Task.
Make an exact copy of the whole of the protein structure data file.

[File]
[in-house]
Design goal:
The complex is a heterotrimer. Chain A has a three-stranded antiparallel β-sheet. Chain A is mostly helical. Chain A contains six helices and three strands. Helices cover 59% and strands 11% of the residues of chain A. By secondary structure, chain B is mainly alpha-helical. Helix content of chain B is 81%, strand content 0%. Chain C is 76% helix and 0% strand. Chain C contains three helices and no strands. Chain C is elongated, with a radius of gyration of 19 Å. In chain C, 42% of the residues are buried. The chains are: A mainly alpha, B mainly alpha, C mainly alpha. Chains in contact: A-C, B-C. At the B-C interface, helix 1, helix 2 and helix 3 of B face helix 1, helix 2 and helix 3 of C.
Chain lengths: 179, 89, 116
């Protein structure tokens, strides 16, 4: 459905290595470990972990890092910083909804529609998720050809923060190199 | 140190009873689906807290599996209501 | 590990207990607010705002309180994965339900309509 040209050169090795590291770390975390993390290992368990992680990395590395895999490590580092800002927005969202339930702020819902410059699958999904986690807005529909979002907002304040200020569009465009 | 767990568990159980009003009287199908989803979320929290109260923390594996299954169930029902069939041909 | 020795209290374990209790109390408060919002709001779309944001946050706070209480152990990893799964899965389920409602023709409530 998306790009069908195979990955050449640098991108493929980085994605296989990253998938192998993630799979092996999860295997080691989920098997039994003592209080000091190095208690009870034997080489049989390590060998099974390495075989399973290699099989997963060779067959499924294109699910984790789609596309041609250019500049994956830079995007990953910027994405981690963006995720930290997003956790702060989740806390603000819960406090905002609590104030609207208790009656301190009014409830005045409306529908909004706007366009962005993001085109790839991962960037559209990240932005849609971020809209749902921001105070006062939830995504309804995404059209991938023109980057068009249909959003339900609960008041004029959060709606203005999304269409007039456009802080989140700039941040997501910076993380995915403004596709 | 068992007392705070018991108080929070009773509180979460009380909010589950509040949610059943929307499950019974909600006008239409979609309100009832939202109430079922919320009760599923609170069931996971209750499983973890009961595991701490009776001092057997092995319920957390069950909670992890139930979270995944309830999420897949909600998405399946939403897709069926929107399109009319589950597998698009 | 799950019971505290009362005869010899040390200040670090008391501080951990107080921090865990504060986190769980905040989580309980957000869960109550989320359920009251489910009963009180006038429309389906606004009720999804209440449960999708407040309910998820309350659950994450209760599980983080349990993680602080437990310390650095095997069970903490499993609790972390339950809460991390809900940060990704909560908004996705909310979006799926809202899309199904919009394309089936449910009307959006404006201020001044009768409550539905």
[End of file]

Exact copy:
[in-house]
Design goal:
The complex is a heterotrimer. Chain A has a three-stranded antiparallel β-sheet. Chain A is mostly helical. Chain A contains six helices and three strands. Helices cover 59% and strands 11% of the residues of chain A. By secondary structure, chain B is mainly alpha-helical. Helix content of chain B is 81%, strand content 0%. Chain C is 76% helix and 0% strand. Chain C contains three helices and no strands. Chain C is elongated, with a radius of gyration of 19 Å. In chain C, 42% of the residues are buried. The chains are: A mainly alpha, B mainly alpha, C mainly alpha. Chains in contact: A-C, B-C. At the B-C interface, helix 1, helix 2 and helix 3 of B face helix 1, helix 2 and helix 3 of C.
Chain lengths: 179, 89, 116
């Protein structure tokens, strides 16, 4: 459905290595470990972990890092910083909804529609998720050809923060190199 | 140190009873689906807290599996209501 | 590990207990607010705002309180994965339900309509 040209050169090795590291770390975390993390290992368990992680990395590395895999490590580092800002927005969202339930702020819902410059699958999904986690807005529909979002907002304040200020569009465009 | 767990568990159980009003009287199908989803979320929290109260923390594996299954169930029902069939041909 | 020795209290374990209790109390408060919002709001779309944001946050706070209480152990990893799964899965389920409602023709409530 998306790009069908195979990955050449640098991108493929980085994605296989990253998938192998993630799979092996999860295997080691989920098997039994003592209080000091190095208690009870034997080489049989390590060998099974390495075989399973290699099989997963060779067959499924294109699910984790789609596309041609250019500049994956830079995007990953910027994405981690963006995720930290997003956790702060989740806390603000819960406090905002609590104030609207208790009656301190009014409830005045409306529908909004706007366009962005993001085109790839991962960037559209990240932005849609971020809209749902921001105070006062939830995504309804995404059209991938023109980057068009249909959003339900609960008041004029959060709606203005999304269409007039456009802080989140700039941040997501910076993380995915403004596709 | 068992007392705070018991108080929070009773509180979460009380909010589950509040949610059943929307499950019974909600006008239409979609309100009832939202109430079922919320009760599923609170069931996971209750499983973890009961595991701490009776001092057997092995319920957390069950909670992890139930979270995944309830999420897949909600998405399946939403897709069926929107399109009319589950597998698009 | 799950019971505290009362005869010899040390200040670090008391501080951990107080921090865990504060986190769980905040989580309980957000869960109550989320359920009251489910009963009180006038429309389906606004009720999804209440449960999708407040309910998820309350659950994450209760599980983080349990993680602080437990310390650095095997069970903490499993609790972390339950809460991390809900940060990704909560908004996705909310979006799926809202899309199904919009394309089936449910009307959006404006201020001044009768409550539905």